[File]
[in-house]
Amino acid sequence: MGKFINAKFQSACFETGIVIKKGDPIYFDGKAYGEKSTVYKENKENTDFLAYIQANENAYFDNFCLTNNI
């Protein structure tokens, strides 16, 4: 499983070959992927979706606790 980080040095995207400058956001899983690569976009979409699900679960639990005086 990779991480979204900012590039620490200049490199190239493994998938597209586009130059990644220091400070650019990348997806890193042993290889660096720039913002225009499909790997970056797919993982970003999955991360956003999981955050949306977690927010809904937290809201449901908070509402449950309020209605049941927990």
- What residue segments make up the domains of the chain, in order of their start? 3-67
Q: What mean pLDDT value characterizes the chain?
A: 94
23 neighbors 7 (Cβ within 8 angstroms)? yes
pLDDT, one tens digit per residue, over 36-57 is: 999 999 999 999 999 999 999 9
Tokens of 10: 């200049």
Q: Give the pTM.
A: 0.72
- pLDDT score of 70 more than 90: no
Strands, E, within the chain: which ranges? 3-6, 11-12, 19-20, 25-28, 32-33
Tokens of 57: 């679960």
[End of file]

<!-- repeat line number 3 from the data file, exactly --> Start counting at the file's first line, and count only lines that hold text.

């Protein structure tokens, strides 16, 4: 499983070959992927979706606790 980080040095995207400058956001899983690569976009979409699900679960639990005086 990779991480979204900012590039620490200049490199190239493994998938597209586009130059990644220091400070650019990348997806890193042993290889660096720039913002225009499909790997970056797919993982970003999955991360956003999981955050949306977690927010809904937290809201449901908070509402449950309020209605049941927990």